In 1943, “William Wilson” was adapted as a radio play for The Weird Circle on the Mutual Broadcasting System.[12]

A FrenchItalian collaboration came out in 1968 called Spirits of the Dead or Histoires extraordinaires. The film is composed of three vignettes, directed by Roger Vadim, Louis Malle and Federico Fellini and starring Alain Delon and Brigitte Bardot.[13] The other two segments adapt Poe’s “Metzengerstein” and “Never Bet the Devil Your Head“. It would also form the basis for The Smithereens‘ song of the same name, from their 1989 album 11.

In 1968, Editora Taika in Brazil published a comic adaptation in Album Classicos De Terror #6. Art was by Osvaldo Talo. It was reprinted in Classicos De Terror (2nd series) #5 in June 1973.

In 1974, Skywald published a comic adaptation in Nightmare #19 (June 1974), adapted by Al Hewetson, with art by Alfonso Font. This was reprinted by Mehmet K. Benli Turkey in Vampirella #3 (October 25, 1976) and Vampirella # (1977); and by Eternity Comics in Edgar Allan Poe: The Tell-Tale Heart and Other Stories #1 (June 1988).

In 1976 the BBC anthology series Centre Play aired an adaptation written by Hugh Whitemore featuring Norman Eshley as the title character along with Stephen Murray, Anthony Daniels, and Robert Tayman.[14]

In 1979, Ediciones De La Urraca in Argentina published a comic adaptation in El Pendulo #2 (October 1979). Adaptation was by Guillermo Saccomanno, art was by Alberto Breccia. This was reprinted by Les Humanoides Associes in France in Le Coeur Revelator (1992 and September 1995) and by Doedyeeditores in Argentina in El Gato Negro Y Outras Historias (2011).

In 1979, Bloch Editores S.A. in Brazil published a comic adaptation in Aventuras Macabras #12 (1979). The adaptation and art were by Jose Menezes.

In 1999, Spanish director Jorge Dayas released a 35 mm animated short film, awarded in Animadrid 2000 and Malaga Film Festival.[15]

References in other works[edit]

There are strains of the story of “William Wilson” in Andrew Taylor’s “The American Boy”, in which Edgar Allan Poe himself is featured as a character.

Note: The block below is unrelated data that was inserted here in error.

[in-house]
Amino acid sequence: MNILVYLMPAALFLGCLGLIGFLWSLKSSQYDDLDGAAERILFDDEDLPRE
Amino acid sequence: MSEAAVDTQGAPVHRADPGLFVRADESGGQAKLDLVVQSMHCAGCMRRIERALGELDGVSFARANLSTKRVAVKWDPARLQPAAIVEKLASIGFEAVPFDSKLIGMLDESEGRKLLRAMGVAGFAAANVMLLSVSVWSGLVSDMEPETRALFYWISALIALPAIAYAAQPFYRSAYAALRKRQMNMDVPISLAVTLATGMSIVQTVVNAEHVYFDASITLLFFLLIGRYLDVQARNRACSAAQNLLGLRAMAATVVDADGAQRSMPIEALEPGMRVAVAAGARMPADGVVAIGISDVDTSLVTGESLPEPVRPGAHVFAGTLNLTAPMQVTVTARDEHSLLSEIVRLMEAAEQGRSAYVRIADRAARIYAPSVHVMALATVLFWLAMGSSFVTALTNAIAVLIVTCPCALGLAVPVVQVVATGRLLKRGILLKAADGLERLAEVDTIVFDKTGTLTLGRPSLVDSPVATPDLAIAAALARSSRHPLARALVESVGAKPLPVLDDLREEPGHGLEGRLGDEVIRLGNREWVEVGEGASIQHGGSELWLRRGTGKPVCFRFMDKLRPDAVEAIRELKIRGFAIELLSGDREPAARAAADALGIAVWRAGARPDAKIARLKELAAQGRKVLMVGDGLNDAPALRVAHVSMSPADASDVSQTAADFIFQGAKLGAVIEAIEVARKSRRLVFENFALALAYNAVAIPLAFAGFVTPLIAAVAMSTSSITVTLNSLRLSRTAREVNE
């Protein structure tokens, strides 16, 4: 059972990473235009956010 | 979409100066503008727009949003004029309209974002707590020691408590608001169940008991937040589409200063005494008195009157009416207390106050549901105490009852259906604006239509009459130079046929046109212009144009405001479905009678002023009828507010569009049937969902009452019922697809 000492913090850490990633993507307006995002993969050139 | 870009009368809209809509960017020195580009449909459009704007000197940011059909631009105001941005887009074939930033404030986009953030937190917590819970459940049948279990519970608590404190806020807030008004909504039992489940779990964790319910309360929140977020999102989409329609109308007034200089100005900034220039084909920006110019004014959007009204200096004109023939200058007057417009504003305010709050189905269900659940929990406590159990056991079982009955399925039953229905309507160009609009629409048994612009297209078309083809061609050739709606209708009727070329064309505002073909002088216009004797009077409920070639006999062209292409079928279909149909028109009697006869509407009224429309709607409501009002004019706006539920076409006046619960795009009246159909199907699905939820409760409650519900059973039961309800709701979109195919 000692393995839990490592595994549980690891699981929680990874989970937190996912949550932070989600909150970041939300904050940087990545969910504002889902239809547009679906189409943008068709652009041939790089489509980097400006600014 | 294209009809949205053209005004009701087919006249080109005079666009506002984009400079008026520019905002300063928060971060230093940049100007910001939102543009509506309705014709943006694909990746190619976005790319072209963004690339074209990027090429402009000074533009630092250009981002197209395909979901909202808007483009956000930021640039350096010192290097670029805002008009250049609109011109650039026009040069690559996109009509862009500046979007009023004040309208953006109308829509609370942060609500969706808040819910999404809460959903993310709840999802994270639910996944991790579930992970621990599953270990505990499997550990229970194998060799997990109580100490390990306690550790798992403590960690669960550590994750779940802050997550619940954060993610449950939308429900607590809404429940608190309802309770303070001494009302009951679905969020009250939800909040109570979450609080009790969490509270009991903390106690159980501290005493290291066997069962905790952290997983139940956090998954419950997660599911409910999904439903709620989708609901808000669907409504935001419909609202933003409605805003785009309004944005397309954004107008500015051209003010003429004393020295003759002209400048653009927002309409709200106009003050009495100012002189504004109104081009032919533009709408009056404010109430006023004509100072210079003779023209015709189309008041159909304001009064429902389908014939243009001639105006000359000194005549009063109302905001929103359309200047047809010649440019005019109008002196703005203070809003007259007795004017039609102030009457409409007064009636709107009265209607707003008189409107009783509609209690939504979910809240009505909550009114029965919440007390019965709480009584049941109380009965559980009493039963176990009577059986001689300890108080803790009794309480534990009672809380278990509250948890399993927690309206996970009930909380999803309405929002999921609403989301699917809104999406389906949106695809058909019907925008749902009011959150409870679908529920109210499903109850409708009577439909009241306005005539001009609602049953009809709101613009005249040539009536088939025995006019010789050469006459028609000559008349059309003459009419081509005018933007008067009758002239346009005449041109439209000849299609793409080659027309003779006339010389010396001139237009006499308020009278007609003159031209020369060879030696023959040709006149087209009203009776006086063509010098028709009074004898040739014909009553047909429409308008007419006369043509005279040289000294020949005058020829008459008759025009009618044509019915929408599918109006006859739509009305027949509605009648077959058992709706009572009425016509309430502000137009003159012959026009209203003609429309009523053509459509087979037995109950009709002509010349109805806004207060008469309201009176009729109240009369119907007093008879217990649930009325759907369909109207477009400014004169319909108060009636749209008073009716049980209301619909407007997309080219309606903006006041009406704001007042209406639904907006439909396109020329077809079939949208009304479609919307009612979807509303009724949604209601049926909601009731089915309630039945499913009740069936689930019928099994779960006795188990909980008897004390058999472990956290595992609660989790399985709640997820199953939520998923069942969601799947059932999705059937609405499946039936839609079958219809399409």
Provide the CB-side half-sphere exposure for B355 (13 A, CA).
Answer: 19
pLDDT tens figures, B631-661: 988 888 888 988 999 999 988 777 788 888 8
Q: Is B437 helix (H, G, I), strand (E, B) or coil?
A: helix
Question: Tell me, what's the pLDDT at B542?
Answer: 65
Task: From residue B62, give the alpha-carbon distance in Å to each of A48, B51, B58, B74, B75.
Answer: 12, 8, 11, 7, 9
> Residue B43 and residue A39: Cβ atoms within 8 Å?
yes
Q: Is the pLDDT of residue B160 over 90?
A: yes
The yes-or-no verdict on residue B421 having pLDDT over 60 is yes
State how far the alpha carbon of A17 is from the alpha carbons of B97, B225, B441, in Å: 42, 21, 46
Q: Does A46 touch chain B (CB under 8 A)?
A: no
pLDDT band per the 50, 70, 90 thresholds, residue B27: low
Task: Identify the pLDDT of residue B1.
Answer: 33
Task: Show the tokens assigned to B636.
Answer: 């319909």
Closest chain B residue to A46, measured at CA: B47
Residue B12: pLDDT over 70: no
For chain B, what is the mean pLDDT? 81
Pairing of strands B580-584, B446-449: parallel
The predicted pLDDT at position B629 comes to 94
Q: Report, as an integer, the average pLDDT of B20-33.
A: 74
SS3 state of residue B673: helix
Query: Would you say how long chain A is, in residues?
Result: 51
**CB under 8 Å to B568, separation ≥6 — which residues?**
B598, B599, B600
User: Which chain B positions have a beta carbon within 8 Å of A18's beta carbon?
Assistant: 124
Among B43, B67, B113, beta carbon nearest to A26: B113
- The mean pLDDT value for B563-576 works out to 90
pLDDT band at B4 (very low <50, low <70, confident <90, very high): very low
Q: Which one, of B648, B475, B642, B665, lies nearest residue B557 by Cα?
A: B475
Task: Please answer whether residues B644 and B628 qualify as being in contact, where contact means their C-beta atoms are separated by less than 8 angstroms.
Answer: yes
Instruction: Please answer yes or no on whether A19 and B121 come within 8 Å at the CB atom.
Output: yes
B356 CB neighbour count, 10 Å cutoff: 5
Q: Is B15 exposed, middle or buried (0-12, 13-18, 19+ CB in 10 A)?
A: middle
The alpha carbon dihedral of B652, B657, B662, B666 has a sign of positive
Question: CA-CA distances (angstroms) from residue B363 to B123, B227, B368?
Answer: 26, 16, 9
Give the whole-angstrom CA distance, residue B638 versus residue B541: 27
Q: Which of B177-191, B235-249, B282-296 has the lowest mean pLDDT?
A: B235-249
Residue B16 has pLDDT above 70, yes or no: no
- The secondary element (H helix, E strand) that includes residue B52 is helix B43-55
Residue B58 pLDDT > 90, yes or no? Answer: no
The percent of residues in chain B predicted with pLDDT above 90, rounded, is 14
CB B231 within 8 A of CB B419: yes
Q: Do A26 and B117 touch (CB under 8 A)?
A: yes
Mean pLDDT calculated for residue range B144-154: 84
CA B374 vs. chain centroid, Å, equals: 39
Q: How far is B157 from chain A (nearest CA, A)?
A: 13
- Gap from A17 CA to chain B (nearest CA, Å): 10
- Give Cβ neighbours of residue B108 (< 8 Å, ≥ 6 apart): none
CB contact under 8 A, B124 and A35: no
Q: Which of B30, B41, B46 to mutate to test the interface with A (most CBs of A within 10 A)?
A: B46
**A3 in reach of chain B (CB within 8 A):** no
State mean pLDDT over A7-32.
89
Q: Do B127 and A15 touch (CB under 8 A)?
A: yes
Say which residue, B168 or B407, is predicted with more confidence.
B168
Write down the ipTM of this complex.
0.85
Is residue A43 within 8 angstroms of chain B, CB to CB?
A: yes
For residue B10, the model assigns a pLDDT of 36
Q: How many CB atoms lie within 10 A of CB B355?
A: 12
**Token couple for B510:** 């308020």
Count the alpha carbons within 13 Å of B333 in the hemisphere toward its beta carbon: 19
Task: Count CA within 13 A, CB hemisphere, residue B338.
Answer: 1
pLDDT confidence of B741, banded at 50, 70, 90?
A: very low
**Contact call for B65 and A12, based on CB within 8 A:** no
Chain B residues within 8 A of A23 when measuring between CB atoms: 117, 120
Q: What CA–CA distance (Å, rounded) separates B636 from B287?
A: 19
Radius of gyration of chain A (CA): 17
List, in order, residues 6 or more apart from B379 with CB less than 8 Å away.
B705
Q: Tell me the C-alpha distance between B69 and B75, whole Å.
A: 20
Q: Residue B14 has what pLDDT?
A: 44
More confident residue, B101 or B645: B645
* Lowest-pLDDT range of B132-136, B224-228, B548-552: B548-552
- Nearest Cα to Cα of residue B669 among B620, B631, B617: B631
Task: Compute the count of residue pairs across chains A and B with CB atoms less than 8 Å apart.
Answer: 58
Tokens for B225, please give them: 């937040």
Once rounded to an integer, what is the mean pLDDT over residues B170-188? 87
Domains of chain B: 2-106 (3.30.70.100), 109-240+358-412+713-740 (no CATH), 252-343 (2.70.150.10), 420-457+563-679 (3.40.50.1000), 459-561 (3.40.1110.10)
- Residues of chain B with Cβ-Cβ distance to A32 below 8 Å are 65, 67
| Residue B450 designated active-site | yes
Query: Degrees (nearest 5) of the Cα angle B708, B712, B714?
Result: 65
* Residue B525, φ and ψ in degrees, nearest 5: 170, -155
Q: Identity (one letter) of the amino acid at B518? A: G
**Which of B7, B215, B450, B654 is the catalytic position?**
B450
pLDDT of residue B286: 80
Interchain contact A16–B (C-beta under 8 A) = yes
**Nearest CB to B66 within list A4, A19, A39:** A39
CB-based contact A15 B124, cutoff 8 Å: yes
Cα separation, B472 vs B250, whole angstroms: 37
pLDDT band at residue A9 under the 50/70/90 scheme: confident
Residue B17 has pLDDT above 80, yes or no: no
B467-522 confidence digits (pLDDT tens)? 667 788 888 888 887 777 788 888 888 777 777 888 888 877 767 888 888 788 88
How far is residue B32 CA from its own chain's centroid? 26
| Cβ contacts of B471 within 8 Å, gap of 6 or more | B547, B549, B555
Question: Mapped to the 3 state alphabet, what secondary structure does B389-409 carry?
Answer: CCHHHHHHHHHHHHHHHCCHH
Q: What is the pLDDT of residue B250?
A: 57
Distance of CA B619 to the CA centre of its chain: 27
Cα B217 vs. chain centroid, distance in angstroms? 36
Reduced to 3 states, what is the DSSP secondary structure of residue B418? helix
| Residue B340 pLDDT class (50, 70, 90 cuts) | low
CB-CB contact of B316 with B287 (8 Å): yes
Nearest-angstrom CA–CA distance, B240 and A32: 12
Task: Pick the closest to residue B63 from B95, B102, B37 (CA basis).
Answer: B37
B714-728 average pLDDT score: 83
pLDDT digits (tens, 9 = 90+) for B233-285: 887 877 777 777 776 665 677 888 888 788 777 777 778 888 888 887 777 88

Nabokov’s Lolita has been cited as at least a parody of the story.[16]

Paul Auster‘s novel The New York Trilogy features a character named Quinn who writes under the pseudonym “William Wilson.” The novel uses intertextuality to explore the nature of identity and reality.[17]

In Stephen King’s novel The Outsider, the detective character Anderson draws a parallel between the case he investigates and Poe’s story William Wilson. Stephen King also told the media that the novel is partly inspired by this story[18].







About Royal Rosamond Press

I am an artist, a writer, and a theologian.
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1 Response to William Wilson’s Eternal Rose

  1. Reblogged this on Rosamond Press and commented:

    Where did Rosemary Rosamond get all her power? Her mother is Mary Magdalene Rosamond. Some women authors say Mary had more power than Jesus, and was the force to be reckoned with. I just redicovered the idea that Ian Fleming was influenced by Poe. “When James Bond dreamt of Edgar Allan Poe

    Edgar Allan Poe seems an unlikely influence on Ian Fleming’s writing, but the 19th-century poet, story-teller, and master of the macabre nevertheless made his mark in the James Bond novels.
    Ian Fleming mentions Poe three times in the Bond novels. There is one reference in Moonraker (1955); Fleming compares the ominous ticking inside the Moonraker rocket before launch to “the beating heart in Poe’s story” (probably ‘The Tell-Tale Heart’ (1843), in which “the beating of the old man’s heart…increased my fury, as the beating of the drum stimulates the soldier into courage”).